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How to conquer teen boredom during prolonged crisis at home

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Father and son working on a fishing rod together.

In this article, you’ll find answers to questions like:

1. How do we find common ground?
2. When do we give each other space?
3. What role can technology play?

When a prolonged crisis, such as a pandemic or hurricane, strips away familiar forms of recreation and socialization, you may find yourself the sole company for your preteen or teenager. Limited access to friends, sports and entertainment means that you and your child must figure out how to pass all the time together.

Our local experts share ways below to navigate this situation, which forces you to slow down and engage.


It can be challenging to relate to a child with friends, interests and hobbies that are very different from yours. So try to discover what you have in common, says Michelle Rodriguez, interim supervisor for the Positive Parenting Program, known as Triple P, at the Center for Family Services of Palm Beach County.

“I advise my clients to find ways to challenge their teens by asking them what they want to do that they’ve never done before. What are their interests? What do they care about? Challenge them to come up with activities that you can do together. You, as the parent, don’t always have to come up with the ideas,” she says.

Using simple icebreakers, such as playing board games or cards, walking or going for a car or bike ride to their destination of choice, says Nityia Lathan, Triple P supervisor at Community Partners of South Florida. If your teen is involved in organized sports, ask them teach you some basics, like how to field a ground ball, while getting exercise.


Disruption of routines can spark anxieties and frustrations. So Rodriguez recommends empathy, compassion and a cool-off period before discussing what triggered the tension when you’re calmer.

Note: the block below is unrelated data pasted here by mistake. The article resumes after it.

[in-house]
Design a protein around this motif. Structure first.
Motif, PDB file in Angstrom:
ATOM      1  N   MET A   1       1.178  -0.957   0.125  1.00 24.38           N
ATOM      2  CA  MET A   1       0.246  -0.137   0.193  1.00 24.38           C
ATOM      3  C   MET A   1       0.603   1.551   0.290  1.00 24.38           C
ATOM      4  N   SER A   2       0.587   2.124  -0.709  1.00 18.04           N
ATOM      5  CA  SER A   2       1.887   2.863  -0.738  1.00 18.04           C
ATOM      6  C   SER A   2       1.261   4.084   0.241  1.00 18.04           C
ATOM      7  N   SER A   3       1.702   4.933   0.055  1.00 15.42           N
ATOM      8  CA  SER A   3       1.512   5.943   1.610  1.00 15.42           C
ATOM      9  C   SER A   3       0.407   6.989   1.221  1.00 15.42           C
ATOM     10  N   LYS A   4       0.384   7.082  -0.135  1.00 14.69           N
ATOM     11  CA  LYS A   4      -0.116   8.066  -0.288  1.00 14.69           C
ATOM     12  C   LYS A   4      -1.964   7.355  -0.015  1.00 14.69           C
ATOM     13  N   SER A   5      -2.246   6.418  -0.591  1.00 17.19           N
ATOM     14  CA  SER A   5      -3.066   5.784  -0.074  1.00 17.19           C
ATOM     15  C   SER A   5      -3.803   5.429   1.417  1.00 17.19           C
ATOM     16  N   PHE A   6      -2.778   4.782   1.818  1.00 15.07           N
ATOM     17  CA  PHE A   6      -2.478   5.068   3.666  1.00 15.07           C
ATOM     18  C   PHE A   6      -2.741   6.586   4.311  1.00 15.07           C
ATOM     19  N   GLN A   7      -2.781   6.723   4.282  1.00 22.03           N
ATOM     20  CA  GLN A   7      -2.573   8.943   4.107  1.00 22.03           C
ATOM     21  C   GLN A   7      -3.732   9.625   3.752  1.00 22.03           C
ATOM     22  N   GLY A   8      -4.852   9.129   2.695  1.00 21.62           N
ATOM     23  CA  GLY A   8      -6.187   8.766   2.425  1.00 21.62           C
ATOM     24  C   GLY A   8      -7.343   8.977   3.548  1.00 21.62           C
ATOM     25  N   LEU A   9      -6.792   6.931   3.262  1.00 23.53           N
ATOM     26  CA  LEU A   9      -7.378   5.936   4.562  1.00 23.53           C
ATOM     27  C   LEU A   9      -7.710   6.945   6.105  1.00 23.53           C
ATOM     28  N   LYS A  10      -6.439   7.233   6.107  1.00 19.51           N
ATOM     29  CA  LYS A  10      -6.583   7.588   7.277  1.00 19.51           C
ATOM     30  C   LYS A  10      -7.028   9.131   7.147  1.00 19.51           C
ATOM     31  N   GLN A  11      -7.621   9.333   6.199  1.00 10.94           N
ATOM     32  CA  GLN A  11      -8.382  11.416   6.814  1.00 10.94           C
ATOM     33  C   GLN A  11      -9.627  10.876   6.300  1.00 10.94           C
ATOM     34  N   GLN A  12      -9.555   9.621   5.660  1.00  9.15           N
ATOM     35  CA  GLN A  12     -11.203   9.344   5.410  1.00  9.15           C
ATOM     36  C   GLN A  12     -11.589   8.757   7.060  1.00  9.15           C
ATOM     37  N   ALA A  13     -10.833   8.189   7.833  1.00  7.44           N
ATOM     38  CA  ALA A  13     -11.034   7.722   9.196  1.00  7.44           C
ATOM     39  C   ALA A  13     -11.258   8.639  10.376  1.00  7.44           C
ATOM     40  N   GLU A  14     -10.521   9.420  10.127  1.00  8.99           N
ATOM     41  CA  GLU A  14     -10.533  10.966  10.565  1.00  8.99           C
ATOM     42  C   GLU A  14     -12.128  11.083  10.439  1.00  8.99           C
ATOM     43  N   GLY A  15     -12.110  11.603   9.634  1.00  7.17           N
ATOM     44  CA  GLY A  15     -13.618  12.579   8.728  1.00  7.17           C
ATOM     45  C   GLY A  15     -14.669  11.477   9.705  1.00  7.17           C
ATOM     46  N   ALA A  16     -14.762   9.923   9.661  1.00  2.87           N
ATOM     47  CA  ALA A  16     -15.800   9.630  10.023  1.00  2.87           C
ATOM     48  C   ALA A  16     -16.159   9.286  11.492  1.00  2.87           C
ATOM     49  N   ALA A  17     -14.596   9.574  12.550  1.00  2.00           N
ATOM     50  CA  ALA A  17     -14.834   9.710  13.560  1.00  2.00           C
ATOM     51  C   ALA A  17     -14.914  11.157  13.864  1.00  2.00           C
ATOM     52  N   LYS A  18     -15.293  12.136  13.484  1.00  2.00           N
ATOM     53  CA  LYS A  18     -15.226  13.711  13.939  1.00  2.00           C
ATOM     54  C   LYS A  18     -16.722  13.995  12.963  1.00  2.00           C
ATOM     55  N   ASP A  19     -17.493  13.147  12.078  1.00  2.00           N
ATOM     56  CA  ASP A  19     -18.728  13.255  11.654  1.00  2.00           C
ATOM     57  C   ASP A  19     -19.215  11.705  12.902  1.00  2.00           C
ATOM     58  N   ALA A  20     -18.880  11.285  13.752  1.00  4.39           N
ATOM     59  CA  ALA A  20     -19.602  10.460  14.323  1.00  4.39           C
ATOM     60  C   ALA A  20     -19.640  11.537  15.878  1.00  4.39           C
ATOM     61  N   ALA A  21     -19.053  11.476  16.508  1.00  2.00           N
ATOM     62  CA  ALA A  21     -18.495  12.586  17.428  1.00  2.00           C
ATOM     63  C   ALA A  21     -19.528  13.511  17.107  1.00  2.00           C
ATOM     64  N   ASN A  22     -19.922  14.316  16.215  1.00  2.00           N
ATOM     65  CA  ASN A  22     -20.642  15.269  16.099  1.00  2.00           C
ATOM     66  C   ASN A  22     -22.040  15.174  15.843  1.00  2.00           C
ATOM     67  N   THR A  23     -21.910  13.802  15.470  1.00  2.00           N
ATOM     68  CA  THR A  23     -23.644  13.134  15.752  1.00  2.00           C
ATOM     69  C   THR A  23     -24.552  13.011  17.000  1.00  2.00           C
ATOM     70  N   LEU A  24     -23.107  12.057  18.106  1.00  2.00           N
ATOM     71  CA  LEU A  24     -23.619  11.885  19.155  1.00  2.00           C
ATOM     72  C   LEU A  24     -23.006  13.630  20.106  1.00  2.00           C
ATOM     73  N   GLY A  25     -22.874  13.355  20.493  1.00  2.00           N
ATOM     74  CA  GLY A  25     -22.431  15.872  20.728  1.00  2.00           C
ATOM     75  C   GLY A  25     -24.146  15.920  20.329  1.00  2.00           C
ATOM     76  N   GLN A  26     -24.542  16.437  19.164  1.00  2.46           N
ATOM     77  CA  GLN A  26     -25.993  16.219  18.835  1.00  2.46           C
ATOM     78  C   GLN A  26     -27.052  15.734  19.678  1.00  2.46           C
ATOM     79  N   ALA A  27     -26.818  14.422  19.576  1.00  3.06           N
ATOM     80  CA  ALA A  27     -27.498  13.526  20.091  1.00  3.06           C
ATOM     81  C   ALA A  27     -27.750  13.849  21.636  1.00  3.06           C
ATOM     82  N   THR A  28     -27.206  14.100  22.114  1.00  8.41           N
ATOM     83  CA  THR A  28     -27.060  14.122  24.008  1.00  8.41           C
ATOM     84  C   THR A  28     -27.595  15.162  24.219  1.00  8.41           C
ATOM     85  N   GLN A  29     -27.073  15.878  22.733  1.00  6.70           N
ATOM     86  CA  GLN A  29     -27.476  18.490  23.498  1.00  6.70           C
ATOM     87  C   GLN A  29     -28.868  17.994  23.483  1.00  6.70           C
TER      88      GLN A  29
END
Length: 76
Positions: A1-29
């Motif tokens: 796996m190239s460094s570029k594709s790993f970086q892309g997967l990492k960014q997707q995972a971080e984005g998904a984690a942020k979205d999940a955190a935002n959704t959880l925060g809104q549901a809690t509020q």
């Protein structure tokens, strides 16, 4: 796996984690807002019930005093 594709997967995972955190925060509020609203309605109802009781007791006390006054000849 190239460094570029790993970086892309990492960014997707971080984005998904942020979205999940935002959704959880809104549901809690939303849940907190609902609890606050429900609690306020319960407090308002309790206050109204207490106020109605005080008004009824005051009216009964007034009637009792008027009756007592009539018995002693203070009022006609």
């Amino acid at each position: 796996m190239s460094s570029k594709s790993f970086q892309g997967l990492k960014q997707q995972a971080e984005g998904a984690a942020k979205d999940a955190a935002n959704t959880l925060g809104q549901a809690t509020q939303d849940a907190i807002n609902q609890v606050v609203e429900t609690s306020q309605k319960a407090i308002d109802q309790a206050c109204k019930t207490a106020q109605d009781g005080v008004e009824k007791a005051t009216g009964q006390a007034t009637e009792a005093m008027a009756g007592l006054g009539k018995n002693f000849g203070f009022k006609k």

“Remember that teenagers deal with crisis in their own way. Especially for preteens, they may feel like this is the worst that they can’t hang out with their friends,” Rodriguez says. “For parents, it’s a matter of providing structure, giving their child a sense of control and involving them in the process of doing things at home.”

To accomplish that, work out a home schedule for chores, fun activities, class time and homework. Lathan also suggests designating when to spend time together and alone.


Your child most likely will want to connect with friends through social media, interactive video games and videoconferencing via FaceTime or Zoom. If you want to monitor it, you can designate a common area for this, such as the living room or dining room.

You can use the common area yourself for virtual support via telehealth counseling sessions, Zoom calls with your friends and watching shows to model self-care.

“We teach our child with our behaviors. They watch everything we do, and they start to mimic it. I tell the parents that an emergency is a perfect opportunity for you to talk to your children,” Rodriguez says. “But above all else, give yourself a break. We don’t have to be in crisis mode all day long. Ask your teenager, ‘What is a good thing that has come out of this emergency?’ Help them remember that it has not been all bad.” 


• Michelle Rodriguez, Triple P interim supervisor, Center for Family Services of Palm Beach County
• Nityia Lathan, Triple P supervisor, Community Partners of South Florida 

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